Thursday, April 30, 2009

The Gift of the Stranger

I preach regularly here at St. Mary Magdalene that God is working in the hearts of the people in our neighborhood, training their hopes and desires, and that by grace he may well lead these strangers to us. I also pray regularly for the same: that God would be at work in the people of St. Vital, drawing them unto Himself, and that if it might be pleasing to Him that He would send them our way.

I'm conscious that this is a little bit different than thinking of the stranger as a person with spiritual needs that the church might fulfill. I don't mean to say that people will not have spiritual needs, or that the church shouldn't make some effort to fulfill them. There is, however, an important difference in emphasis. Rather than placing pressure upon the local worshipping community to be a kind of spiritual boutique according to our own efforts, the emphasis is on God's work in the stranger. It recognizes His prior action in the lives of others, before we might even meet or see them. It also recognizes that God might continue his transformation of the church, preparing us to see His work in the stranger before we get too anxious about our ability to meet the needs, or the perceived needs, of others. To pray for God's work in others, and that we might see that work when it is shown to us, places us in a receptive and perceptive mode, rather than a kind of consumerist exchange mode.

(This is not an apology for the passivity of the church, by the way. Engaging a neighborhood in simple service, and meeting needs in accord with Christian discernment, is essential to being the church. So is engaging in all the different ways we might actively invite others into the embracing love of God in Christ through the church. Neither of these is to be ignored by an emphasis on God's priority in the work of service and evangelism.)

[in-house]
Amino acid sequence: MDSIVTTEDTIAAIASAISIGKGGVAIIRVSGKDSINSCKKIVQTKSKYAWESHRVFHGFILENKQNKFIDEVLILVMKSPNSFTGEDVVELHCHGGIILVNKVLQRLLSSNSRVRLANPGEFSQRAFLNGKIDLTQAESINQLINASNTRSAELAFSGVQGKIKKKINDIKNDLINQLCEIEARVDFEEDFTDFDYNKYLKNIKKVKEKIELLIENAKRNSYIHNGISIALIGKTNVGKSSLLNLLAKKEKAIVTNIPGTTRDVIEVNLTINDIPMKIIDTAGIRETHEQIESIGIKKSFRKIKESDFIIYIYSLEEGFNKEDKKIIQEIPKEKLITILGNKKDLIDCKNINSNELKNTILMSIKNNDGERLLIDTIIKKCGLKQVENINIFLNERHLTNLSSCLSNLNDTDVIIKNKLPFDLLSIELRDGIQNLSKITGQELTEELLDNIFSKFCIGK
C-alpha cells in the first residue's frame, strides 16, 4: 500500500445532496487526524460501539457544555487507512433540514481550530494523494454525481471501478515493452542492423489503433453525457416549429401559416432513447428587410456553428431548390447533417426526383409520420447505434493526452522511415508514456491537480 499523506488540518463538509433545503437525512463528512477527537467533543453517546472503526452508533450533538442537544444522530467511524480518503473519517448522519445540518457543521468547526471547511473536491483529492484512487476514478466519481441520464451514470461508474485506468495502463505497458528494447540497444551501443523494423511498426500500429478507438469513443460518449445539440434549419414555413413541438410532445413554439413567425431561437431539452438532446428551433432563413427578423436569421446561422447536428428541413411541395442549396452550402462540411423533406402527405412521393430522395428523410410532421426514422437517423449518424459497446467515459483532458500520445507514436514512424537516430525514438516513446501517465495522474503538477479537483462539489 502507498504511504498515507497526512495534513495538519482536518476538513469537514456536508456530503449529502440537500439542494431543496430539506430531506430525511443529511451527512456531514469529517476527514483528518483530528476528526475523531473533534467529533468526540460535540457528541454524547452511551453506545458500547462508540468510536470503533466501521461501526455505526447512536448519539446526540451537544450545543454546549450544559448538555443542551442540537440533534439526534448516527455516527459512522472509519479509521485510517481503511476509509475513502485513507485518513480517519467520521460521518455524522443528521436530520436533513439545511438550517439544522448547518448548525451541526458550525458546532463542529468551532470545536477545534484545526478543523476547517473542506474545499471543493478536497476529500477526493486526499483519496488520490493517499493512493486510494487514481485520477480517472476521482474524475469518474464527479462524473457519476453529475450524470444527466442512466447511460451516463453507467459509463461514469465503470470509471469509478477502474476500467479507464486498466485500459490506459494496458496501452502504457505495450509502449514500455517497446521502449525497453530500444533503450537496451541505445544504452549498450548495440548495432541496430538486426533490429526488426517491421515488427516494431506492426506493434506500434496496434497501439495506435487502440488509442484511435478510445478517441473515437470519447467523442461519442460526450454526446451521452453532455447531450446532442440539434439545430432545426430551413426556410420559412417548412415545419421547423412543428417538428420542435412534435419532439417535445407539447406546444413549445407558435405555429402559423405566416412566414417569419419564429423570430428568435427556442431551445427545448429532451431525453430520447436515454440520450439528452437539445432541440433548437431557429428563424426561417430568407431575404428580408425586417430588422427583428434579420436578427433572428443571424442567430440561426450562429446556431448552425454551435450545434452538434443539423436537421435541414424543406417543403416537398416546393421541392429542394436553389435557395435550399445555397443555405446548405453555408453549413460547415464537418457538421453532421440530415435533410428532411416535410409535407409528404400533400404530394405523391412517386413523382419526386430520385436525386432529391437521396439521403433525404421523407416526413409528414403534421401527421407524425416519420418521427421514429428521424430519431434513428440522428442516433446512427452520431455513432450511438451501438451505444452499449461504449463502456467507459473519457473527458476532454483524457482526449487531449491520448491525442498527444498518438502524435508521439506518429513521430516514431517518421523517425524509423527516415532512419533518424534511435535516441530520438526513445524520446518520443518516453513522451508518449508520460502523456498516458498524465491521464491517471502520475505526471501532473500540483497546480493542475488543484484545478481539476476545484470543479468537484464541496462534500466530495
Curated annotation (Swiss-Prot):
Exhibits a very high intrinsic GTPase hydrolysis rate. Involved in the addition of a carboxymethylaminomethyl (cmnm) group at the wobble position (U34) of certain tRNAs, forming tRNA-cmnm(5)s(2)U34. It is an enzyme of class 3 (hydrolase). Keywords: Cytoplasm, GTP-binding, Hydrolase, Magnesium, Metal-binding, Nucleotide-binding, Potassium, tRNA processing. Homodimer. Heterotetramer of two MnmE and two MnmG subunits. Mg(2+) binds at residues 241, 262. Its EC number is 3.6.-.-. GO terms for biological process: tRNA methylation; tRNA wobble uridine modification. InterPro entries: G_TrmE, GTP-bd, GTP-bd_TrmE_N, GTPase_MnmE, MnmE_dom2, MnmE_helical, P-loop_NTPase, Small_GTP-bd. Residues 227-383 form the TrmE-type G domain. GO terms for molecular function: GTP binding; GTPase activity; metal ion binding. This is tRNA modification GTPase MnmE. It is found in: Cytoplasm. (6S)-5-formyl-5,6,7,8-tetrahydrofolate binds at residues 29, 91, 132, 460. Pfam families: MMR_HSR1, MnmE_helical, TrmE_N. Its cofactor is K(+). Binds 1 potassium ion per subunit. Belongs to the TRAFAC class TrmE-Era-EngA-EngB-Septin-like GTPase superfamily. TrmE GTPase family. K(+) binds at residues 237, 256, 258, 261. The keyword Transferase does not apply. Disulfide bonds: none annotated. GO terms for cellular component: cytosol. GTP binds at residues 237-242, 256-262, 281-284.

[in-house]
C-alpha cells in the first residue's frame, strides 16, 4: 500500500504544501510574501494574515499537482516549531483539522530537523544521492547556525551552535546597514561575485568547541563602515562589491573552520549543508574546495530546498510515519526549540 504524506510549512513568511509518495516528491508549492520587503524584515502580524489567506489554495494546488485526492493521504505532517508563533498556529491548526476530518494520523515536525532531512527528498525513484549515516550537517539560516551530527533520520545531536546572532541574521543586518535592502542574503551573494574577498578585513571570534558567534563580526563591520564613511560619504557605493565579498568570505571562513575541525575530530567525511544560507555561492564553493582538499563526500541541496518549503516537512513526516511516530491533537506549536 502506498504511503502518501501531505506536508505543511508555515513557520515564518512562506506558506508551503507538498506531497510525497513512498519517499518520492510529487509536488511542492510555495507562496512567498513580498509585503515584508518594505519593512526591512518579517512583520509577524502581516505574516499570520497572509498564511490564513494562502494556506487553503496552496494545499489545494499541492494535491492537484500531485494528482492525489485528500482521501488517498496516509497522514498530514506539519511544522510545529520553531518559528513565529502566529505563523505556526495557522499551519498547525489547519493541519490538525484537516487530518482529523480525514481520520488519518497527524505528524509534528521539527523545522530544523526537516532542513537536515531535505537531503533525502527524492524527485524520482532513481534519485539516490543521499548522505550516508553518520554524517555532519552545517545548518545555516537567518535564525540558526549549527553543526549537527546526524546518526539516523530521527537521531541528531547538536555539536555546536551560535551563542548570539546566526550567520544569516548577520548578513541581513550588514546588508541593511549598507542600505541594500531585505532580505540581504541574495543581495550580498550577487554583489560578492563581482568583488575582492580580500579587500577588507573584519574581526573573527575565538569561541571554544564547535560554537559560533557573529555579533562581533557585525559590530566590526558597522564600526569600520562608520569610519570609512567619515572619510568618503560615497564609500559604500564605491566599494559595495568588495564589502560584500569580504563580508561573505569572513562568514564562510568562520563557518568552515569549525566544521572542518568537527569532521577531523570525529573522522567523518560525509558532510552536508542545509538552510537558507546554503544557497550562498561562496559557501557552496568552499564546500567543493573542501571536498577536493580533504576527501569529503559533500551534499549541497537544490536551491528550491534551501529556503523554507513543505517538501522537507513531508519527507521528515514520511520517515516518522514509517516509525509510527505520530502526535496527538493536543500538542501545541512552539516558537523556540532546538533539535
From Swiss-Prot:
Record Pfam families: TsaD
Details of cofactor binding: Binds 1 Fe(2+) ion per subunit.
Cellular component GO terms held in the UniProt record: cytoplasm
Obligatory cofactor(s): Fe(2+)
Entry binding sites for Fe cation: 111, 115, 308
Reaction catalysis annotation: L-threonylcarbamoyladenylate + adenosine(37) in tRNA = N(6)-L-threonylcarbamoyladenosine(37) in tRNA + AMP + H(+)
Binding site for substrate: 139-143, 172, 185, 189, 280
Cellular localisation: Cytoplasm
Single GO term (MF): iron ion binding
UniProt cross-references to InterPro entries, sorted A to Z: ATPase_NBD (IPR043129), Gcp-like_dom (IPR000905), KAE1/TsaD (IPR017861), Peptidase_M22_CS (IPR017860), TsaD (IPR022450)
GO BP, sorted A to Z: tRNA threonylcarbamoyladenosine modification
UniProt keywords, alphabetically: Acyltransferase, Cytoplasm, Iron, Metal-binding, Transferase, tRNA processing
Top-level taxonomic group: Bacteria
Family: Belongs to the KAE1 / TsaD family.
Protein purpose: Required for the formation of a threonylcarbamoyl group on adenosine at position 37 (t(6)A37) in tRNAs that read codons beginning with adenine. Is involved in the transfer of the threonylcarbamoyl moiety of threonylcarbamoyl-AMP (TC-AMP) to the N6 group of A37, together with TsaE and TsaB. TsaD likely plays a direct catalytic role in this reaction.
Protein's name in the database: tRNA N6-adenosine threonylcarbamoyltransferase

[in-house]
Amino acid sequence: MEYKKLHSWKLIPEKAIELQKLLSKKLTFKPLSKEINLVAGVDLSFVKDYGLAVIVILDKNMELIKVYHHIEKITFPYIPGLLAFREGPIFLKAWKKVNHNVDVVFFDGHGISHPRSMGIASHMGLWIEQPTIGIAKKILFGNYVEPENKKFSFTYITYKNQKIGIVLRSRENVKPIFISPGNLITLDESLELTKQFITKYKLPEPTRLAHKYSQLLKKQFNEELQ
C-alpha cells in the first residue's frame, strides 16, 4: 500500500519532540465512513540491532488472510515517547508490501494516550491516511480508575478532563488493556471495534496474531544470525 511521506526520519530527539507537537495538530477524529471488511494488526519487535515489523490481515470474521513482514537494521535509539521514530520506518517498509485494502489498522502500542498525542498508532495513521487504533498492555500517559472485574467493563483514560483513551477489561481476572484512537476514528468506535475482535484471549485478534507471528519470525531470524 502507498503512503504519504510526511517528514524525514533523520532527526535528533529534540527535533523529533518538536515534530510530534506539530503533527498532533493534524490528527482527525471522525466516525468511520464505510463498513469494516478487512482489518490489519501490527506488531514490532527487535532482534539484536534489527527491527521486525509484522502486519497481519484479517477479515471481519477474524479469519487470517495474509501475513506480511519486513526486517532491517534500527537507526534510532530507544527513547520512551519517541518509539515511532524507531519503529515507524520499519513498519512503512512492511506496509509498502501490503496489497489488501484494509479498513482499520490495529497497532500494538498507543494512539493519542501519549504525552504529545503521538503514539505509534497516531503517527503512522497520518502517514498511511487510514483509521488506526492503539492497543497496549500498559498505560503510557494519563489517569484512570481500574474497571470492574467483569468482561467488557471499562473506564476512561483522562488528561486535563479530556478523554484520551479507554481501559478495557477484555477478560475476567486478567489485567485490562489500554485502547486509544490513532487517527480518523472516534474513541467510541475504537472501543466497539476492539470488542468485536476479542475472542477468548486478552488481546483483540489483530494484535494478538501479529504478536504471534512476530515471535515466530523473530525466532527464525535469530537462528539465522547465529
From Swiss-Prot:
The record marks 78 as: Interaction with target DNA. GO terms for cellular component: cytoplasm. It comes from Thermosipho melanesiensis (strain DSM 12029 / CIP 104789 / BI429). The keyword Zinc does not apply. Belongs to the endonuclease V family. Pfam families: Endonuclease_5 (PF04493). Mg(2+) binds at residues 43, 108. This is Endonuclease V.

What I didn't quite realize, until recently, is how this kind of emphasis would affect me. There's been some recent evidence that God is doing exactly the work that I pray for. God is working in extraordinary ways in the hearts and minds of the people of St. Vital. And God is sending them our way. What this has meant is that, rather than being caught in a concern for some supposedly spiritual remedy to some kind of perceived spiritual malaise, the stranger is arriving as the pure gift of God. God has worked some miracle in the life of another person, and has entrusted them to us and into our care.

I can't say just how personally transforming this has been. God is gifting me, and us, with the stranger. God has set to work in training the desires of those whom we do not yet know, and is sending them to this little neighborhood parish. He has prepared our hearts to receive. God is doing a great work.

I have been convinced to see differently. The stranger is not a spiritual consumer. The stranger is a pure, delicate, and precious gift given by God Himself.

It leaves me humbled to know that He would be so gracious.

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